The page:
Having done research most of my life into learning, and especially learning when there are struggles of any kind present, I have discovered a few things. One is that no one is a learning or teaching expert. No one has all the answers. Two is that anyone can learn, no matter their problems, if they are given the proper access to information. Three, most parents, mother or father, usually know their child better than anyone else. Four, everything else is grey.
If “everything else is grey,” then just what does that mean? Are we who have struggles learning (those of us that learning just doesn’t come naturally) without hope? That takes me back to lesson number two. Anyone can learn, no matter their problem, if they are given the proper access to information. Nowadays, most can accept that anyone can learn. Our past didn’t always show that belief, though, as disabled people, mentally and physically, were often locked away in attics and institutions to wither and fade away by those ashamed that their genes held such incompetencies. Fortunately, civilized people have come to realize that those long held beliefs were just myths. That said, we still struggle as a whole to find the key to unlocking the mind and pouring knowledge and skills into the brain. We haven’t found how to bring proper access to everyone. Scholars fight over it. Students struggle and suffer with the experimental processes. Parents anguish over feeling helpless. How do we achieve “proper access”?
I don’t have the answers either. I have learned a lot through personal experience, but I don’t have answers. I don’t mind saying that. Of course, saying it comes easier to me probably because I am not, have never been, nor ever will be, one of the “experts”. I was born with genetic progressive hearing loss and vision loss. I was later diagnosed as an adult with learning disabilities including dyslexia and dyscalculia and other visual and auditory processing disorders, after struggling with reading, short-term memory problems, and math all my life. Everything combined made the single problems worse.
I was born when little was known about genetics or learning disabilities of any kind. The struggle to learn was my own. Caring parents did their best, and their best went a long way, but times were different in the 1960’s. Parents, by and large, sent their children to be taught at conventional schools by conventional teachers who were considered better qualified to do the job. That was a working solution for those who fit in the normally accepted sized and shaped box. I didn’t fit in that box. Teachers didn’t know what to do with me. All, no matter how good and compassionate, would eventually become frustrated with the struggle and blame me with some doing so verbally and one even physically. They just didn’t know how to teach me.
I am a survivor by nature, though. Genes I inherited from my parents who were quiet over-comers drove me to find my own way, and find my own way, I did. I became an avid learner, excelling in everything with A’s but math (muddling through those courses as high as I could go, with mostly B’s). I tried everything I could think of to remember vocabulary, understand and retain what I read, memorize multiplication tables, dates and important people of needed events, or how to find them quickly if not so needed, formulas, math rules, and whatever else I deemed important that “smart people” knew. It wasn’t easy, and many things weren’t even close to mastery until I was an adult doing what I do. Though I initially wanted to go into the medical field and help people, I eventually found that I had to admit it to myself and choose the field that only made sense for a person as obsessed with learning as I was, education. Seem ironic? It probably is ironic that a person who has trouble learning, but is determined to learn, is destined to become a teacher. That is me, though.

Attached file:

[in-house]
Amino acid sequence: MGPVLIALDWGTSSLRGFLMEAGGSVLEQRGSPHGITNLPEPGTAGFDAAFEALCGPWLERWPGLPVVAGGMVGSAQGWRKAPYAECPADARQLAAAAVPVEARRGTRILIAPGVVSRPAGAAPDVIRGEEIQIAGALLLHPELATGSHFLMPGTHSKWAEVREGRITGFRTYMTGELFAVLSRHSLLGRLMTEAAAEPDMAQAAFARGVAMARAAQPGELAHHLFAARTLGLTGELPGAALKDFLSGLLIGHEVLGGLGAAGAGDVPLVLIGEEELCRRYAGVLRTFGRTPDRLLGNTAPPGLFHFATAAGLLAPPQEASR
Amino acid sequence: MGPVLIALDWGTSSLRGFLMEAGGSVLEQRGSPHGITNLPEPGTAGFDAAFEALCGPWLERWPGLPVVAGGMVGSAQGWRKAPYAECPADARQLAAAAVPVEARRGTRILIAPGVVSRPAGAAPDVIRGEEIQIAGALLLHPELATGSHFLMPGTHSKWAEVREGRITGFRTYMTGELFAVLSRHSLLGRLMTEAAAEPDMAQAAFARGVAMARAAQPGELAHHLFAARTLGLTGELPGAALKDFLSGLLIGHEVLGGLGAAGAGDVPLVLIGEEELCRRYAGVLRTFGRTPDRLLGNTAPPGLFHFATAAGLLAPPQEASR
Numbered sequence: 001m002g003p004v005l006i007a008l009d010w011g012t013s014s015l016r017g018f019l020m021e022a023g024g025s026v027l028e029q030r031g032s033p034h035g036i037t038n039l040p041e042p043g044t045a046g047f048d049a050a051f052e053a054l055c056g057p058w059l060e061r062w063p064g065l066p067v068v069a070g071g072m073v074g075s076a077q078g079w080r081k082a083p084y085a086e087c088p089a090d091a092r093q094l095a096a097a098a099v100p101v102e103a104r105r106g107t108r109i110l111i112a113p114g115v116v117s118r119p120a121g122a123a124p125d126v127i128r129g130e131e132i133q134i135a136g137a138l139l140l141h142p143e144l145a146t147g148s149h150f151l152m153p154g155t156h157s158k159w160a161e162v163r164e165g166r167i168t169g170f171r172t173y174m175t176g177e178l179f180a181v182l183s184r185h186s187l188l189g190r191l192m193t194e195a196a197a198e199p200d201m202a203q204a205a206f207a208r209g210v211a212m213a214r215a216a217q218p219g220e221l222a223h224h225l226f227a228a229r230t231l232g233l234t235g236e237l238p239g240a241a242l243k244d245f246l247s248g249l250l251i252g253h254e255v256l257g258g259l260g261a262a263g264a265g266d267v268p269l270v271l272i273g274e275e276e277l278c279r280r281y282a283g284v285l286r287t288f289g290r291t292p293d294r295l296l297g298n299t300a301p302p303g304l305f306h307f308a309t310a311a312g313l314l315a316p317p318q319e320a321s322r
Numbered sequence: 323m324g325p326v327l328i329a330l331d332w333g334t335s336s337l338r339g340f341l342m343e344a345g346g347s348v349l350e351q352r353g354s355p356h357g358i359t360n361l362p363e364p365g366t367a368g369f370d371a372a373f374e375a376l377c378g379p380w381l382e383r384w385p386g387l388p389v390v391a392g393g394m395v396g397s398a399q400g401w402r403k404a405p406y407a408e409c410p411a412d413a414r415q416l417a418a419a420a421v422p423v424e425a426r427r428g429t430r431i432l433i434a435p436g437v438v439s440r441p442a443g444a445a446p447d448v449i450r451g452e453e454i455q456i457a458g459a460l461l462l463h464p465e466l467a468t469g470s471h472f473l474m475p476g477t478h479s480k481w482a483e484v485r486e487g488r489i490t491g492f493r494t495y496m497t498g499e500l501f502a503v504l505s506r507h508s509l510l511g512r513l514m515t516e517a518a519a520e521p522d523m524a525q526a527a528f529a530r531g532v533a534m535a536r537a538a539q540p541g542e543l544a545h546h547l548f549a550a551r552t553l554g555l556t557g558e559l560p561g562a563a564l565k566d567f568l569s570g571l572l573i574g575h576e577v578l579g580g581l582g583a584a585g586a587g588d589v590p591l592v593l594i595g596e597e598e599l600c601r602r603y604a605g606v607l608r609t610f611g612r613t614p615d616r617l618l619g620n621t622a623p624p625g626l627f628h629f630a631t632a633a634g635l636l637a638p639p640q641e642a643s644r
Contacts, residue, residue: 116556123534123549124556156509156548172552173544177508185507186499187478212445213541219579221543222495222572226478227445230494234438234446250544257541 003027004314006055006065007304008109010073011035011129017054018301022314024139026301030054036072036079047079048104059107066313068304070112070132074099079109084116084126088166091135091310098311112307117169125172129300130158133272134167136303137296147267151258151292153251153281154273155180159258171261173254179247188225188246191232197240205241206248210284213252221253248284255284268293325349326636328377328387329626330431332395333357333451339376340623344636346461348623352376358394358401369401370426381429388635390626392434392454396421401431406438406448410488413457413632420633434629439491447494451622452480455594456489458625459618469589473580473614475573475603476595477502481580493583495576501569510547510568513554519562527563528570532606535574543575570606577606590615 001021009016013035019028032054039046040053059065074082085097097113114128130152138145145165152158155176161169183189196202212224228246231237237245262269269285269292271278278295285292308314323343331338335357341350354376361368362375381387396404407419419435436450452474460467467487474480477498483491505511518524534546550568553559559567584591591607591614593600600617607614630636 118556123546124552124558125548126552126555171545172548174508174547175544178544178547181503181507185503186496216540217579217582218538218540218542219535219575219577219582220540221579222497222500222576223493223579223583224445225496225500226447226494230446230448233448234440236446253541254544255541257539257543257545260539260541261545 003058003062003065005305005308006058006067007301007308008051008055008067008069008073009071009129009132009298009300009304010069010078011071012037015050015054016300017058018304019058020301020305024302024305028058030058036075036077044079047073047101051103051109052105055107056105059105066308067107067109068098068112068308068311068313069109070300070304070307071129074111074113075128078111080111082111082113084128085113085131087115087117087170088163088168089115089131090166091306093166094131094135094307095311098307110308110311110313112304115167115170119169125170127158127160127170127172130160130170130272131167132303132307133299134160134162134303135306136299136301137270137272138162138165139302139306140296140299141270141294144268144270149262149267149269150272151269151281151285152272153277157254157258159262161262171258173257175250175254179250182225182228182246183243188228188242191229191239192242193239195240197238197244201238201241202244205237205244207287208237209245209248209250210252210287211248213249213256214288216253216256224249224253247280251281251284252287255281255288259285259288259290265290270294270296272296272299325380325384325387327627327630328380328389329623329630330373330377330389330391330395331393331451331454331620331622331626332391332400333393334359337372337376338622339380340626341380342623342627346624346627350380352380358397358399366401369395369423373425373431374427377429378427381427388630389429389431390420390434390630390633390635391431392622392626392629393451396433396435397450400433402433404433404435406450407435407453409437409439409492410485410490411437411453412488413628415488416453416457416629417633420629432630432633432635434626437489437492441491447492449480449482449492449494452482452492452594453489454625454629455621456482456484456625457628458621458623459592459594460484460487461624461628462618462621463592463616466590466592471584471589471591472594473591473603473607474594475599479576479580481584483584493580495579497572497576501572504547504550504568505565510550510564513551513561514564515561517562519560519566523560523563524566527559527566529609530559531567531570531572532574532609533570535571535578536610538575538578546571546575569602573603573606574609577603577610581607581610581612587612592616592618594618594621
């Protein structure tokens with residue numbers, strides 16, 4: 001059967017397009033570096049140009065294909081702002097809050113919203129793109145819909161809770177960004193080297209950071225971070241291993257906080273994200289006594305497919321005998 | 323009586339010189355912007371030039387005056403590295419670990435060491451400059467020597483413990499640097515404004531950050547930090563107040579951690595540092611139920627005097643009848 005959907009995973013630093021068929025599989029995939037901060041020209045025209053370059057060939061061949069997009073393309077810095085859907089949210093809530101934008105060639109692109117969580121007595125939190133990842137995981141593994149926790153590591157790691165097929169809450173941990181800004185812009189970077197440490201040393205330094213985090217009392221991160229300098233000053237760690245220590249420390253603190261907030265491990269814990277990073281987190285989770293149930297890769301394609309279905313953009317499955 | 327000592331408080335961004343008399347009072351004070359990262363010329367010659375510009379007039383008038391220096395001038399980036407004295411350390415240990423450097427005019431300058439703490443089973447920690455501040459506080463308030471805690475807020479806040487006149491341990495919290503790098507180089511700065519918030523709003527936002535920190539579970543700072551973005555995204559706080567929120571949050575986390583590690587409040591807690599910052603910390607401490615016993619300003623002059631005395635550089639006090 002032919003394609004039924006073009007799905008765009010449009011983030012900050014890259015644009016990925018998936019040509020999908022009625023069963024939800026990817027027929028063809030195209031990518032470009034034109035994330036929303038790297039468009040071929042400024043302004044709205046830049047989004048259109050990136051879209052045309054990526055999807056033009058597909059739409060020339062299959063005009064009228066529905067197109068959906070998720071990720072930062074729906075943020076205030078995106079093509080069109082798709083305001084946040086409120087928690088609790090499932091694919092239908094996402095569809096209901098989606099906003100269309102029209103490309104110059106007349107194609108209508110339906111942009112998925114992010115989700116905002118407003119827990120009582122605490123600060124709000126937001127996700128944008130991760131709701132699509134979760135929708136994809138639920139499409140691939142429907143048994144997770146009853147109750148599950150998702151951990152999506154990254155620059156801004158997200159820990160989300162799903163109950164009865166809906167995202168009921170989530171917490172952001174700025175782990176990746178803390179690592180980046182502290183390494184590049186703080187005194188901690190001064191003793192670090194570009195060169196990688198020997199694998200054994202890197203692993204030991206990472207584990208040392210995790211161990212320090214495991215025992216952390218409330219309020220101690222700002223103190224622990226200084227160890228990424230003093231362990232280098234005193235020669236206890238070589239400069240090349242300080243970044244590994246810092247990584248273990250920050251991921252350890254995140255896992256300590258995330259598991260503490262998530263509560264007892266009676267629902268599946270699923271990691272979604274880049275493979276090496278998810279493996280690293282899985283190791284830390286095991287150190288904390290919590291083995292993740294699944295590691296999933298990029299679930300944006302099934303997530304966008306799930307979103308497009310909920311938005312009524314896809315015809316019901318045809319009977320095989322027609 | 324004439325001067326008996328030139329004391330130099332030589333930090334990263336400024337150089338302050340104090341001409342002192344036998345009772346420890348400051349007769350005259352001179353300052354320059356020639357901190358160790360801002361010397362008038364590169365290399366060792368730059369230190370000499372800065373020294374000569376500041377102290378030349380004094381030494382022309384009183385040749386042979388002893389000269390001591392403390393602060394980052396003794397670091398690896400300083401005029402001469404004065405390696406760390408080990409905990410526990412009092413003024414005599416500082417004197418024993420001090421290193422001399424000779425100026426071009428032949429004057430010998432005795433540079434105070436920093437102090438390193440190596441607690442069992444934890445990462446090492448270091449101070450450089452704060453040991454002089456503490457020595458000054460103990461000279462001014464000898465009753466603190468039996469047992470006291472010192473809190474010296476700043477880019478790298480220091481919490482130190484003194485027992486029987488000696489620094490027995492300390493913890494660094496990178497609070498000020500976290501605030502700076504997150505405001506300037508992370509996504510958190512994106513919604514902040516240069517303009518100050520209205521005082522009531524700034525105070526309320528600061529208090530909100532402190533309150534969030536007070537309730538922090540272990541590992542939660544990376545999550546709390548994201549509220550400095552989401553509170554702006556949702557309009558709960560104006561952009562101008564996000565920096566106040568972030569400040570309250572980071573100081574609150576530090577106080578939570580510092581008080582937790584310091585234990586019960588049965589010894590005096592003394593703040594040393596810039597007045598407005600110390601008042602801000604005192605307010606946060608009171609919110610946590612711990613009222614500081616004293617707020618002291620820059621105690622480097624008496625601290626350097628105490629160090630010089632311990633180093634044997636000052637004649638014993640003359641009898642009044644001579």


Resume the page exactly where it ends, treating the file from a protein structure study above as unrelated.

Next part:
Some may say that is also a recipe for a bad teacher, but I have always worked hard to know what I need to teach. The few times I couldn’t answer a question, I refused to lie. I admitted I didn’t know and that we would find the answer together. I was willing to try many different ways to help a student understand and learn to love learning. The key was to get to know my student and see the world the way that he did. That isn’t easy, even if the student can think and speak, because they usually don’t understand what is wrong either. You just have to try different things and see what works and try to analyze why. Truth is, you learn more from your mistakes much of the time than you do from your successes. For me, I used my own experiences trying to learn to give me ideas to get started.
I also quickly learned that involved parents knew their children far better than I could know them because I only got to see the students in certain academic and fairly controlled environments where the student was often not comfortable. Parents saw their students in relaxed settings and doing activities that they loved to do and where they had developed some learning skills. Together as a team we could ensure more successes in the process.
As I’ve said, I have learned that no one is an expert, but an involved parent or a person who cares enough to be involved is enough to be access to learning for any child because every child is capable of learning. Most people may say that is a well-known fact, but too many educators tend to put too much stock in supposed learning theories and educational philosophies that give no benefit in the real world and refuse to look at other sources closer to home and think out of the box. Some tend to look down on those who do as being unqualified and wish to put them in their place. I am not an expert. I just help students learn to know themselves; those who live and learn the hard way.